Set in an era of brutal conflict and turmoil, this epic adventure is the first novel to tell the full story of the slave who became a saint, of the man who rose to the challenge of his time and changed the course of history.
In the summer of 405AD, Irish raiders attack the western coast of Wales, carving a fiery swathe through the peaceful countryside.
Among the survivors who are rounded up and taken back to Ireland is Succat: an impulsive sixteen-year-old son of a powerful Roman family.
Succat is sold as a slave and put to work tending sheep.
Repeated escape attempts lead to ever more brutal and savage beatings, until he comes to the attention of Cormac, a young novice druid.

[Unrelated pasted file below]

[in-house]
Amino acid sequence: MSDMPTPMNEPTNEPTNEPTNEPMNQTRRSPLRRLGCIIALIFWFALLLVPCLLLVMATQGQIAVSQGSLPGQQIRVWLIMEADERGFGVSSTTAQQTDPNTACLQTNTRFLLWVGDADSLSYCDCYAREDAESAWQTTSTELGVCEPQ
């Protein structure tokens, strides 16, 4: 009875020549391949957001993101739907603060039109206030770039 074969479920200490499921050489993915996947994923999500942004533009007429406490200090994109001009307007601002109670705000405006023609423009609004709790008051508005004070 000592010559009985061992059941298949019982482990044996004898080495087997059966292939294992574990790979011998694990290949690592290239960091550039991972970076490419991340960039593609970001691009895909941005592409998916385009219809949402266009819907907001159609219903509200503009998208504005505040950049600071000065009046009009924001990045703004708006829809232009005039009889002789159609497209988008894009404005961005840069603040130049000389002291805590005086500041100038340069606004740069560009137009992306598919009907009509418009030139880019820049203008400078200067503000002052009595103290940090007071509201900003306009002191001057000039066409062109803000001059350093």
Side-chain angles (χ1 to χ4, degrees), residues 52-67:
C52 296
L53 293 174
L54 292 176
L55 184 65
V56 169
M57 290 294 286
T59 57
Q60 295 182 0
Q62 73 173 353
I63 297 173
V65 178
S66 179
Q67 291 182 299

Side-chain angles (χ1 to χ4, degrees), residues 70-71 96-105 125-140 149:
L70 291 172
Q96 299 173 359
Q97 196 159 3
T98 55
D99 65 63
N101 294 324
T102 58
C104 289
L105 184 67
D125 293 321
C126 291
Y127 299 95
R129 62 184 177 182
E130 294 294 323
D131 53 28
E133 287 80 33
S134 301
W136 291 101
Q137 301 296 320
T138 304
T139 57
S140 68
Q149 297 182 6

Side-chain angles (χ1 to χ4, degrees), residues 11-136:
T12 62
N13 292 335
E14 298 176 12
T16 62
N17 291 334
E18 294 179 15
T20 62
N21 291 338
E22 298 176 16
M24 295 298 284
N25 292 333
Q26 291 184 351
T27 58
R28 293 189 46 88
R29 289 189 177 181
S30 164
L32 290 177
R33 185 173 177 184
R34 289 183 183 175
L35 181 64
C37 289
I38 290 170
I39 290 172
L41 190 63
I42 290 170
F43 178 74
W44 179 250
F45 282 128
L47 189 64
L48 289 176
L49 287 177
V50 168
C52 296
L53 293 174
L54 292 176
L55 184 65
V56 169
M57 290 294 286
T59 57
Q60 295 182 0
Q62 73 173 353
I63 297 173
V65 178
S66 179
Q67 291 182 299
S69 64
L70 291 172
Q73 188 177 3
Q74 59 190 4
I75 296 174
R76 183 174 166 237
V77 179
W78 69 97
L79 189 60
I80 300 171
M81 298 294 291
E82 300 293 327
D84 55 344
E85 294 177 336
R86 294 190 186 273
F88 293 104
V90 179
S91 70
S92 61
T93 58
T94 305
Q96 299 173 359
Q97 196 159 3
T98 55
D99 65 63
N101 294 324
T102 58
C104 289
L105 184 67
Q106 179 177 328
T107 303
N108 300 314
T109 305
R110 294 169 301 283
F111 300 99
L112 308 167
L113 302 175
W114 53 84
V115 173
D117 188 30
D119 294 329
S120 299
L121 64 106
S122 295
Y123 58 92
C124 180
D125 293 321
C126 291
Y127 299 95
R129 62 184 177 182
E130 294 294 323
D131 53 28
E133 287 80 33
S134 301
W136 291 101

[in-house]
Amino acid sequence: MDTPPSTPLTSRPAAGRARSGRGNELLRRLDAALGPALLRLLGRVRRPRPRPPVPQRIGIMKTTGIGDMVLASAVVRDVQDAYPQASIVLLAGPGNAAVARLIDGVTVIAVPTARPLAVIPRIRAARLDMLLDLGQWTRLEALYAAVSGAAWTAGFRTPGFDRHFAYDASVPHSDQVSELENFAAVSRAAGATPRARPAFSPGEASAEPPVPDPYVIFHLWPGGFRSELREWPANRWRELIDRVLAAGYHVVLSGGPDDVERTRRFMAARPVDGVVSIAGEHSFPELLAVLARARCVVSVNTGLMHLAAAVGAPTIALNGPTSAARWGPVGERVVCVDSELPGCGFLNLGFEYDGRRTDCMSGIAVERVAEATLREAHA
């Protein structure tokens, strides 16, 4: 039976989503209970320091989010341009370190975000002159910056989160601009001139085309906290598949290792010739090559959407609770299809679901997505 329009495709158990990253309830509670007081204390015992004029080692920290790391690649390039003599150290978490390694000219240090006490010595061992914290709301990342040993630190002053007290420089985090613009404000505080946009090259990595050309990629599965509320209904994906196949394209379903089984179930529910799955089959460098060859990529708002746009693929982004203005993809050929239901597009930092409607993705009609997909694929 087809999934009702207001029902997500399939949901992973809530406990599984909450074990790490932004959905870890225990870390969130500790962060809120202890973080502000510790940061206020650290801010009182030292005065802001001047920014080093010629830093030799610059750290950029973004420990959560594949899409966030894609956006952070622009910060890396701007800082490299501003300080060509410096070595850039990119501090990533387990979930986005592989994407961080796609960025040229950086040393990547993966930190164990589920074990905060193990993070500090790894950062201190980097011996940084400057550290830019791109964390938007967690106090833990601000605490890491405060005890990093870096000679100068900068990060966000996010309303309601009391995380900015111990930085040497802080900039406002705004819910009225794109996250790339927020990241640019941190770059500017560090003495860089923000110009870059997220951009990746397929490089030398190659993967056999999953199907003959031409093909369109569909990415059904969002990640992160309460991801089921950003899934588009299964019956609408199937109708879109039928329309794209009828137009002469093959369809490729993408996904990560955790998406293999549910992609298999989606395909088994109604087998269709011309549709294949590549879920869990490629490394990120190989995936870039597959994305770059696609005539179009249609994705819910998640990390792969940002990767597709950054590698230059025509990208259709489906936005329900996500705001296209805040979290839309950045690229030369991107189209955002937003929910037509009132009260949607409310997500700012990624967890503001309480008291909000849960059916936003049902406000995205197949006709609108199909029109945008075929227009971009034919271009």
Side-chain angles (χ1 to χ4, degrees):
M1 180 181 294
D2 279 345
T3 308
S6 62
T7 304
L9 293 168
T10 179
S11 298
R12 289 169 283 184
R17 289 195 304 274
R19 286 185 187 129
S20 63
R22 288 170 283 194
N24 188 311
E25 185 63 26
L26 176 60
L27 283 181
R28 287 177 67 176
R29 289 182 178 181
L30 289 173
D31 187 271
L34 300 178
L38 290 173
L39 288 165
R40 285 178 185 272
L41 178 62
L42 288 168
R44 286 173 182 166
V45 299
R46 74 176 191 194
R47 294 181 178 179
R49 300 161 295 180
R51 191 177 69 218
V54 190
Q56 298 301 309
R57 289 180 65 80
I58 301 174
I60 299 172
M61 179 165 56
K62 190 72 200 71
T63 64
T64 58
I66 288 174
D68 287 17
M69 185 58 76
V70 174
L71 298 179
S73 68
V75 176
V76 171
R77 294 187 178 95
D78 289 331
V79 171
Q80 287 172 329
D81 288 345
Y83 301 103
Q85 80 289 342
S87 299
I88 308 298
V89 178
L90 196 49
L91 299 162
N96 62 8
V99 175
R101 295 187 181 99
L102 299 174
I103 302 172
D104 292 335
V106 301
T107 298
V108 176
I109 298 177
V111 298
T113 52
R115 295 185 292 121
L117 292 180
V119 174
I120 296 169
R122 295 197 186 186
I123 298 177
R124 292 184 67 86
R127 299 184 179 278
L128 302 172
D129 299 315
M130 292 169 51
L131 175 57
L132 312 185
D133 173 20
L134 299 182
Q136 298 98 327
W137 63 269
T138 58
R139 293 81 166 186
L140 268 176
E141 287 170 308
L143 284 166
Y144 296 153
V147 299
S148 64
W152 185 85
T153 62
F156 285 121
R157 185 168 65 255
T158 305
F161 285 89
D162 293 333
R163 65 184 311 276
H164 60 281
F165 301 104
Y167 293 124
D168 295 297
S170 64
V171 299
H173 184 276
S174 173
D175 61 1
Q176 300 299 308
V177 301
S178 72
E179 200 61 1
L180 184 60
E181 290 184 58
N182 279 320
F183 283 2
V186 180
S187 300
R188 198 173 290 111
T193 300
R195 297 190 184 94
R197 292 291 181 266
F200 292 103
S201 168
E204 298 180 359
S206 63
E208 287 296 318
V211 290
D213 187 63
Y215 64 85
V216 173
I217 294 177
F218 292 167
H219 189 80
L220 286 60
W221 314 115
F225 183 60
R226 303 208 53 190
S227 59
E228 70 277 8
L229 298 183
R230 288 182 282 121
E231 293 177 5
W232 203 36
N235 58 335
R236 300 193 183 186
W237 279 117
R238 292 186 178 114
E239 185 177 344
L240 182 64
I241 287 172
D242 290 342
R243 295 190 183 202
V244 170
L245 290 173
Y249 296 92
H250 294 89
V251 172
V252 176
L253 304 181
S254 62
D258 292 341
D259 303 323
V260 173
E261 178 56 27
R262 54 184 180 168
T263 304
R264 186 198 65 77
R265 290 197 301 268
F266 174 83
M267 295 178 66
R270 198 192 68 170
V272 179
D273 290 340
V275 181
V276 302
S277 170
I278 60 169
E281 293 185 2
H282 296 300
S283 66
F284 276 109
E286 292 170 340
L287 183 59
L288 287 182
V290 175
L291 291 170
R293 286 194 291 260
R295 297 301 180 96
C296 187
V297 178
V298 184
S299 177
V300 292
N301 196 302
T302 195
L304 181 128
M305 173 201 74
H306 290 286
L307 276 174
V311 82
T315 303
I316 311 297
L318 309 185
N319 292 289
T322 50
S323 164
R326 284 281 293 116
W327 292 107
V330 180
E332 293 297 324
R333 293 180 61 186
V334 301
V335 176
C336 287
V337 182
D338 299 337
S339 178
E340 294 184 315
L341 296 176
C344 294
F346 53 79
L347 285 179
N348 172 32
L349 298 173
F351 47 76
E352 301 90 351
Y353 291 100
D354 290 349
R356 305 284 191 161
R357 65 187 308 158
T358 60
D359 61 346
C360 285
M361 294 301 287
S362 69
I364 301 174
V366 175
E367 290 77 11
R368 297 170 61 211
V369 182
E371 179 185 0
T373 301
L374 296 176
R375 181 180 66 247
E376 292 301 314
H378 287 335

The two strike up an unlikely friendship and, as Succat learns the ways of the Irish people, he is given a new name by the druid: Patrick.
With a new name begins Patrick's new life: he is married, and returns to his home to claim his inheritance, only to find his father's estate in ruins. So begins a calamitous journey that will lead him to Tours, see him join the Roman Legion as a soldier, suffer the the horrors of a plague-filled Rome; and thence back to Ireland, where he will embark on a mission for which his name will be remembered throughout history.
In the spirit of Bernard Cornwell's Arthurian cycle, Patrick is a gritty and unsentimental portrait of one of the Western world's great icons, featuring an accurate and compelling rendering of the historical period -- an era full of brutal conflict, adventure, turmoil, and visionary inspiration.